Copyright Law and Its Place for Christians and in the
Many websites can be found on the internet dealing with
copyright laws (not the least of which is http://lcweb.loc.gov/copyright/
the US Copyright Office). There are also some that deal with
Copyright and its place in the theatre (one of the best I've found being http://lecatr.people.wm.edu/copy.htm
where some of the information on this page comes from...yes, with
permission of the owner). However,
when it comes to Christians, we can often times be one of the worst groups
for violating copyright laws in any situation. However, I don't
believe, through my own experiences with others, that the violations are
intentional but rather out of ignorance. So, abiding by the saying
that ignorance of the law is no excuse, I give you this primer on the
copyright laws and how it pertains to Christians and, specifically,
Christians in the arts.
First of all, the final straw that made me
create this page. As I was talking with another theatre professional
about a script that we had been handed which had been discovered in a
dusty stack, the other professional stated that he was sure that the
script was old enough and that the publisher was out of business enough
that it could be freely duplicated and presented. The fact of the
matter is that the script was published in the mid-1960s. So,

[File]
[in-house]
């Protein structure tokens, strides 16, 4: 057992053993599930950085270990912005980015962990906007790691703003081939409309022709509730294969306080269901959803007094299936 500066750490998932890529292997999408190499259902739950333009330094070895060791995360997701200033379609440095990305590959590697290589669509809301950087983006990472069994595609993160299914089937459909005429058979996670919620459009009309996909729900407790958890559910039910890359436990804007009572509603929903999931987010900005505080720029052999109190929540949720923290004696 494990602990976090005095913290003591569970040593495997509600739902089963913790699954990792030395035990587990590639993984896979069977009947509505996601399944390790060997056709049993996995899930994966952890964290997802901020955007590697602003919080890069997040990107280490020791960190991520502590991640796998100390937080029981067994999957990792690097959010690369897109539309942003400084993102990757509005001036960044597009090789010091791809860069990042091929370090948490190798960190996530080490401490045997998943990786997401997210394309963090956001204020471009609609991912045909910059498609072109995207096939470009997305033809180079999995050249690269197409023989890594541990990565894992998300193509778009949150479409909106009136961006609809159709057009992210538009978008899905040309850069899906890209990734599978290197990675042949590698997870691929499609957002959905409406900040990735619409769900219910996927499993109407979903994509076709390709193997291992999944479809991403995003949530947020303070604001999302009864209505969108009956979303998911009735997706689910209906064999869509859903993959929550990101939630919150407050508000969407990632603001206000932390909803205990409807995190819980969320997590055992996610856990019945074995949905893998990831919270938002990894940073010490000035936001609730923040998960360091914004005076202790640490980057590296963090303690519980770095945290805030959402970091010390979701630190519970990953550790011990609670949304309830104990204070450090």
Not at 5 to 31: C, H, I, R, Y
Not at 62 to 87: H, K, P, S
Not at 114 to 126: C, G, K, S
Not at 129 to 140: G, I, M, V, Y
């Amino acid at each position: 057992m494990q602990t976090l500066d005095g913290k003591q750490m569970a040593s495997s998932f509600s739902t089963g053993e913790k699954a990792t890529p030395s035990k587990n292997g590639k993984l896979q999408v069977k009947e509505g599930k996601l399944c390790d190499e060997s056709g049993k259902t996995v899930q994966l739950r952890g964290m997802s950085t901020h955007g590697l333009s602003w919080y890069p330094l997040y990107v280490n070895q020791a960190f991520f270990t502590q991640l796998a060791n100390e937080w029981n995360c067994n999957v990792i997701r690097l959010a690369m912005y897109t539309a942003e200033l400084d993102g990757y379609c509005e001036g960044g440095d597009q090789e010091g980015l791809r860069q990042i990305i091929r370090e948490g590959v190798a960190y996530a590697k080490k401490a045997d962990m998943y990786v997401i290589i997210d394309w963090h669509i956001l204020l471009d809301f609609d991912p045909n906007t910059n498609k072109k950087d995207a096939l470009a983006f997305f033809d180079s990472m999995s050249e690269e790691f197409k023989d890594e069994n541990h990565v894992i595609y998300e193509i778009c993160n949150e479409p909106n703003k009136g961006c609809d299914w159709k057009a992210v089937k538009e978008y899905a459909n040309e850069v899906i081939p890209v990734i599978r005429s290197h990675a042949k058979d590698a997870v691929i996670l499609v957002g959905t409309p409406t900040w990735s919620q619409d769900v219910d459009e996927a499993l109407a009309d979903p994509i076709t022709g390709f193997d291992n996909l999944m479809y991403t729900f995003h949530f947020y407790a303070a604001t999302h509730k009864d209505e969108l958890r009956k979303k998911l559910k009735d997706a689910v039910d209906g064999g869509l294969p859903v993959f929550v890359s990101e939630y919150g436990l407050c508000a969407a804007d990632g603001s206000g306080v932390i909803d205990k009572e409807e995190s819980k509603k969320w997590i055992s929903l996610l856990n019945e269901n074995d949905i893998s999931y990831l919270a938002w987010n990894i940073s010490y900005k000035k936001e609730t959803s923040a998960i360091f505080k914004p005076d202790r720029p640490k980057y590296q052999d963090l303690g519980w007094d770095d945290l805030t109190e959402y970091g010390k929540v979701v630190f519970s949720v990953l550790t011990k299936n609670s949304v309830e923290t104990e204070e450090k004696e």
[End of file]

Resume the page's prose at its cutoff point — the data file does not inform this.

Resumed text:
according to current copyright laws, even should the author have died
immediately upon publication, the script would still be protected from
duplication and presentation until at least 2030 (if it was published in
1960). In other situations, I have seen theatres take a
well-known musical and, with seemingly reckless abandon, change the lines,
songs, or other parts of the script so that it would better suit their
cast or situation. Again, I don't think their actions were
deliberately aimed at infringing on the author's copyrights but, through
their ignorance of the law, they did overstep what is allowed under the
So, to that end, what is copyright
and what can be copyrighted?
protection provided by the laws of the United States (title 17, U.S.
Code), granting authors and other artists the exclusive privilege to
control reproduction, distribution, performance, or displays of their
creative works. Part of a larger legal family known as intellectual
property that also includes siblings trademark and patent law, copyright
safeguards creators of "original works of authorship" such as
dramatic, musical, artistic, and certain other intellectual work.